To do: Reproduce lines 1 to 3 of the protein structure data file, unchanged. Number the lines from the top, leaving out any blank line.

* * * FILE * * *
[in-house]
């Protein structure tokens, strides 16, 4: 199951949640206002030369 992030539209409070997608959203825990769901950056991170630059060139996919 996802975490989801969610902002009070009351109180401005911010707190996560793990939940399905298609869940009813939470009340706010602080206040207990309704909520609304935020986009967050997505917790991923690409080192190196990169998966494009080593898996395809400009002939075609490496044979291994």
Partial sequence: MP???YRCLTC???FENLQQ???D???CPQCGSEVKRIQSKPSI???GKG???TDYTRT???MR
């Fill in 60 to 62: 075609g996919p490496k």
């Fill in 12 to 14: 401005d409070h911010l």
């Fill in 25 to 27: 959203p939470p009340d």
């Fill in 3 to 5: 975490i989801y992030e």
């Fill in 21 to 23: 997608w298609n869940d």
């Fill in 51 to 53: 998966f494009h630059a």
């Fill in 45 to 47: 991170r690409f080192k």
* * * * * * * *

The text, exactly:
[in-house]
């Protein structure tokens, strides 16, 4: 199951949640206002030369 992030539209409070997608959203825990769901950056991170630059060139996919 996802975490989801969610902002009070009351109180401005911010707190996560793990939940399905298609869940009813939470009340706010602080206040207990309704909520609304935020986009967050997505917790991923690409080192190196990169998966494009080593898996395809400009002939075609490496044979291994």
Partial sequence: MP???YRCLTC???FENLQQ???D???CPQCGSEVKRIQSKPSI???GKG???TDYTRT???MR